The Slice of Life series is sponsored by Two Writing Teachers.
We have all had “that one teacher” who gets it; “that one teacher” who changes us; “that one teacher” who makes learning an amazing life-long journey. For me (and many others) that “one teacher” was Mr. Brosius, who passed away last week (click here to view his memorial). As I began to well-up upon hearing this news, many wonderful memories came rushing back to me. His impact on my life as a man & as an educator was viewed with a new clarity as I reflected on our relationship.
Mr. Brosius, who taught 5th grade at Drum Point Road Elementary School for 33 years, was a true life-long learner and an accomplished educator. He held a Master’s Degree from Monmouth University & was awarded the Valley Forge Freedom Foundation Medal in 1976. He was the author of Home is the Battlefield, a novel about a New Jersey youth during the American Revolution, that went into publication in 1987 – the very year I was in his class (what a celebration we had!).
To be clear, it wasn’t Mr. Bro’s (as we all tended to call him) many accomplishments that resulted in this outpouring of emotion. In fact, I was unaware of them prior to reading his memorial. Instead, it was how he made me feel as a learner and as a young man that left such a lasting impression. For me personally, this extended beyond 5th grade & beyond the confines of the classroom. This is the mark of a master teacher & is something I carry with me to this day as an educator!
Mr. Brosius’ name was amongst the first that came up during our 20th HS Reunion this fall and once news of his passing began to spread, social media quickly exploded with comments, photos & expressions of love…here is but a sample of what some of my peers had to say. Certainly, they (along with many others) felt the same way I did & it was wonderful to revisit 5th grade with all of them!
Mr. Brosius was many things to his students & we all have lasting memories of our time with him. Therefore, I have decided to revisit & memorialize some of the moments that have remained with me even after all these years.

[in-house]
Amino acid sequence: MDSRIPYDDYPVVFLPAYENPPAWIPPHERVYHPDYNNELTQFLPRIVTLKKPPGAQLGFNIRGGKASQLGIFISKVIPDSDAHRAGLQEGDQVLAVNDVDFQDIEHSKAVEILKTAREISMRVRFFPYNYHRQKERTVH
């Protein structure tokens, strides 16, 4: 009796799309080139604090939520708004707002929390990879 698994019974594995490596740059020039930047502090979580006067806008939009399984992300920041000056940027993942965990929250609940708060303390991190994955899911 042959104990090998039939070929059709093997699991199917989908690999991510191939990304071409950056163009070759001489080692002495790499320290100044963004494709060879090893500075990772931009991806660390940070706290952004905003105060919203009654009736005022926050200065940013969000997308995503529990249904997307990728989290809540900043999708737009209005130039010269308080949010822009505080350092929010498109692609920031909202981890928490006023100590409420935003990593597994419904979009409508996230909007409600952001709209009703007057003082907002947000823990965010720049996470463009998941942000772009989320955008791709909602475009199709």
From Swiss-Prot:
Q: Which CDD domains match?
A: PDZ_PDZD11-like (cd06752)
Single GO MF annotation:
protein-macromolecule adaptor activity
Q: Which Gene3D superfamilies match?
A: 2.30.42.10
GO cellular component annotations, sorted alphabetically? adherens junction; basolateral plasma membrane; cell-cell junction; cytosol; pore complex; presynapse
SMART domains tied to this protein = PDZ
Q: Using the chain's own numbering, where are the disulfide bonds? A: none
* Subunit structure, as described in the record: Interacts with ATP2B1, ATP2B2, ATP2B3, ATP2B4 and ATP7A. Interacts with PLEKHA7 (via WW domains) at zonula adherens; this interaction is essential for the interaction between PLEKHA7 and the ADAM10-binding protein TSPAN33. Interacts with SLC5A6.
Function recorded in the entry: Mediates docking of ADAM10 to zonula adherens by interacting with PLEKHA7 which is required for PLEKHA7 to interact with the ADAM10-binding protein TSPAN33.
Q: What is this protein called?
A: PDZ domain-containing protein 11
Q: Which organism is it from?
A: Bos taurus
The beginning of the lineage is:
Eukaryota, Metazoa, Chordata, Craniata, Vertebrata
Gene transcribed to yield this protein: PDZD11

Mr. Brosius, The Teacher – Hands-on experiences; student choice; establishing an environment of respect & rapport. As educators in the new millennium, we know these are components of effective teaching, and this is how Mr. Brosius ran his classroom long before they became “buzz words.” I fondly remember writing self-selected pieces such as “Army Ants”, “The Magic Spike” (based on Thor – yes, I was a comic book geek then too) & “The Life of Benedict Arnold.” His love of the American Revolution was simply contagious! He ensured that everyone left his class an expert on this era of history, and our learning culminated with a trip to Philadelphia to see this history in person! Mr. Brosius’ classroom was truly a “cognitively busy environment” (to quote Charlotte Danielson).
Mr. Brosius, The Author – Although, Home is the Battlefield wasn’t published until the early spring of 1987, every one of his students knew they were in for a fantastic experience when the manuscript of his novel (that consisted of a large binder) came out of his desk for an afternoon read aloud. I remember us begging him to publish it after each session, and our autographed copies are now coming out of basements or attics. His writing prowess also extended into our classroom activities as we performed plays written by Mr. Brosius. This included the play Sherlock Holmes & the Case of the Meanest Man in the World (where I played Grandma Crumbly) and his annual Halloween puppet show (King Tut’s Tomb) complete with fishing string & strobe lights!
Mr. Brosius, Outside of the Classroom – Nothing made me happier than seeing Mr. Brosius every summer at the annual Battle of Monmouth Reenactment (pictured above). He always made sure to wear the Phillies hat I bought him for Christmas. That excitement for history also brought the Taibi family to Colonial Williamsburg (where I bought my first tricorne hat, also pictured above). I remember being a minuteman for Halloween complete with rifle and powder-horn the following year. Our relationship extended well into middle school & when my father passed away suddenly, he was amongst the first to console me. I will never forget his sympathetic eyes & soft words of encouragement. Clearly, Mr. Brosius’ love for his students did not end when the bell rang.
To quote Henry B. Adams: A teacher affects eternity; he can never tell where his influence stops. Mr. Brosius, your influence will continue to impact every student I work with. Thank for all you have done for me & your many students throughout the years.